Investment fairs bring together entrepreneurs with a bright idea and potential backers with time and money to spare. The atmosphere is as electric as an episode of Dragons' Den, with life-changing sums of money available for the lucky few. Jeremy Hazlehurst reports.
It's 11 in the morning, I'm sitting in a Masonic hall and a man is telling me about salmon. Apparently, the reason they can swim up waterfalls is because their flesh is packed with an antioxidant called astaxanthin. I too might become lithe, sprightly and as muscular as an Alaskan sockeye, he suggests, if I ingested a load of it. My new friend rattles a pill-pot filled with little black capsules. Each of these, he says, contains an algae so rich in astaxanthin that it is equivalent to eight ounces of salmon. He then shows me pictures of the lab in New Zealand where he grows this wonder plant, a scarily futuristic room where people in white overalls amble past row after row of bags filled with neon-bright green goo. It looks like the sort of place where aliens would hatch in a sci-fi film, and you half expect a claw to burst out of a bag and savage a passing employee. It's all pretty impressive, and if only I had pounds 100,000 sitting about doing nothing, I might be tempted to invest in it.
On the other hand, if I had pounds 150,000 I might well sink it into 'James Bond's original tailor', the Mayfair company that made the suits that transformed Sean Connery from a body-builder into a credible superspy, and which a chap in a smart three-piece and a pair of funky specs is now trying to turn into a global brand.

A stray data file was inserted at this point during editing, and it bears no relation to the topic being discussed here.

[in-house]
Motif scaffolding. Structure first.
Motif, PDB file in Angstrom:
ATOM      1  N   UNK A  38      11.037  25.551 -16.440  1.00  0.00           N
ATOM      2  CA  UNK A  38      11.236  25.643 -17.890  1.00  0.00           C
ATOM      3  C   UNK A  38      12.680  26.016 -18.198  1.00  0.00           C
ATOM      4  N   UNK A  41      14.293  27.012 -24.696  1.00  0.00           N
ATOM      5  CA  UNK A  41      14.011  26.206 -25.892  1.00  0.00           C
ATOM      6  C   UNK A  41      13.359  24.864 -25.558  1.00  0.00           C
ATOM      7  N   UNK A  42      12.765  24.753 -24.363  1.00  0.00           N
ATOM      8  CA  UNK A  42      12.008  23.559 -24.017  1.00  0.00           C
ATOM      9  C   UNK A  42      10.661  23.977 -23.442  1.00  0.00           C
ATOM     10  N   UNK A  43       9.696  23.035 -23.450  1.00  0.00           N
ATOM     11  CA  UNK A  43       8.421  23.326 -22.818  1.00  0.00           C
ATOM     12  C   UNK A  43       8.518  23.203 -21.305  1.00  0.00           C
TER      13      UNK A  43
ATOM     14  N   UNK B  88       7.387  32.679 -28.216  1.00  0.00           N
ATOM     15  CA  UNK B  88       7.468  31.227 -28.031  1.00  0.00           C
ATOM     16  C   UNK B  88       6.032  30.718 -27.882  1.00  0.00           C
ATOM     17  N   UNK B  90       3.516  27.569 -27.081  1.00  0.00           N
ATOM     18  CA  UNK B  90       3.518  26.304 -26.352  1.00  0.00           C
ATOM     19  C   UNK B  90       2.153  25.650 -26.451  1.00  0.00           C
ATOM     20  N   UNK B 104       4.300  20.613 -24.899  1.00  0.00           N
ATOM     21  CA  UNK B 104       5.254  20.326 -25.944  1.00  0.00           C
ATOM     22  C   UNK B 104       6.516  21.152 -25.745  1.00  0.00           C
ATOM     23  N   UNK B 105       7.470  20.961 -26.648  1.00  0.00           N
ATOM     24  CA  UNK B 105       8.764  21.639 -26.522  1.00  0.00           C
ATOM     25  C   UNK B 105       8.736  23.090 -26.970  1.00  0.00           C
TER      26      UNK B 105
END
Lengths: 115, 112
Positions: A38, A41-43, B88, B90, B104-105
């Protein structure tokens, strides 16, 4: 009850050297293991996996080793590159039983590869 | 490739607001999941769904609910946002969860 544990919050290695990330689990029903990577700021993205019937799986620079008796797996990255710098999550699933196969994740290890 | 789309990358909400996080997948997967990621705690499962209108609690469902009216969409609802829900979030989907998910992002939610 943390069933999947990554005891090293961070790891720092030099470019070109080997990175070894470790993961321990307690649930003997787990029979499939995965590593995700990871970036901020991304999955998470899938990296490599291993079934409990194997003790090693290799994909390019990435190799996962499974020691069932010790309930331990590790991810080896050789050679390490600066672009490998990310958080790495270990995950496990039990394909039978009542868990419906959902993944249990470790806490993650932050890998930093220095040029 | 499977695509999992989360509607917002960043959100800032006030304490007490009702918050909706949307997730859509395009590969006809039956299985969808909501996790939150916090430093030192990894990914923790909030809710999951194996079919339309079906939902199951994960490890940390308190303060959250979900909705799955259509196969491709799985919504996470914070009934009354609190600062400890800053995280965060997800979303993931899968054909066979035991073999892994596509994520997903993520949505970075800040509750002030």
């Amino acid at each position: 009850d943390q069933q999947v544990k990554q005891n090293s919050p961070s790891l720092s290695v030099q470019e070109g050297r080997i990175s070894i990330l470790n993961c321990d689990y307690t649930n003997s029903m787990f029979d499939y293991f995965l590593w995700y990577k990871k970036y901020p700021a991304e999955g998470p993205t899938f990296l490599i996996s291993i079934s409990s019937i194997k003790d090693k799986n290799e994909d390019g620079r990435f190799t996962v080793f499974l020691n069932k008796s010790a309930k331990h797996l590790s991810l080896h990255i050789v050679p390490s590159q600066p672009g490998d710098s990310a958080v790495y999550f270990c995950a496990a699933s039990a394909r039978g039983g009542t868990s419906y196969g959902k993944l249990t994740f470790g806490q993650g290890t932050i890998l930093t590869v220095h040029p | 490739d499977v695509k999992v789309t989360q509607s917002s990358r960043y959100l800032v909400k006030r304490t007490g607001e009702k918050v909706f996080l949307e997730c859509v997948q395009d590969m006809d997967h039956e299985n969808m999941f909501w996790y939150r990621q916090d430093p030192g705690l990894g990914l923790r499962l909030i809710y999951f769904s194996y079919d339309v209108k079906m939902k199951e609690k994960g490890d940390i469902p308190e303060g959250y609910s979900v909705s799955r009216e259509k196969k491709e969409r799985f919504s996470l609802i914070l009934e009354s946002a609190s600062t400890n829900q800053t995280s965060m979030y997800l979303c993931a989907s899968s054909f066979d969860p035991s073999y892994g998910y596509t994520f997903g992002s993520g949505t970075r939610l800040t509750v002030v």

Then again, a quarter of a million would get me a share in an automated trading platform that promises to predict the foreign exchange markets, a revolutionary new gizmo for cleaning the hulls of boats, or the Philippines' first premium rum. A bit more and I could be a proud shareholder in a company developing a new diagnostic test for Alzheimer's or a manhole cover with a revolutionary electronic bolting system. Decisions, decisions.
These sometimes weird and possibly wonderful firms were among the 50 or so that were touting for money at the most recent investment fair held by Beer & Partners, a matchmaker that introduces businesses looking for money to wealthy investors. If your views of angel investing are formed by Dragons' Den, then a B&P day is a good corrective. There was absolutely no sign of Duncan Bannatyne or Theo Paphitis doodling in pads and smirking. Nobody was crumpling their nose and scowling a la Deborah Meaden. And, rather than being in a warehouse with exposed brick walls, this took place in a rather more old-fashioned place, a big, soft-carpeted room with Formica tables, where photographs of Worshipful Masters in ermine-trimmed regalia peered down from the walls, and there were stained glass windows representing the counties of England. (A huge, golden image of Stonehenge glowed fluorescently every time the sun came out, symbolising either rock-solid longevity or utter uselessness.)
If the fair was anything to go by, the reality of angel investing is certainly more sober than Bannatyne et al would have you believe. I didn't see a single person thump his fist on a table, leap to his feet and bellow: 'I'm in, dammit!' The way it works is that, instead of entrepreneurs standing up and pitching their ideas, they sit behind desks with a pile of business cards, laptops and gadgets, hoping that potential investors will swing by for a chat and then offer them oodles of cash. Oddly, this is not boring. You soon realise that this event, for all its lack of extroverted moguls, also has the magic ingredient that makes Dragons' Den compelling: there's hundreds of millions of quid sloshing around the room and a life-changing moment is just a 'yes' away.
Apparently, this format works. Beer & Partners started in 1991 and since then the company has helped funnel pounds 120m from investors to clients. …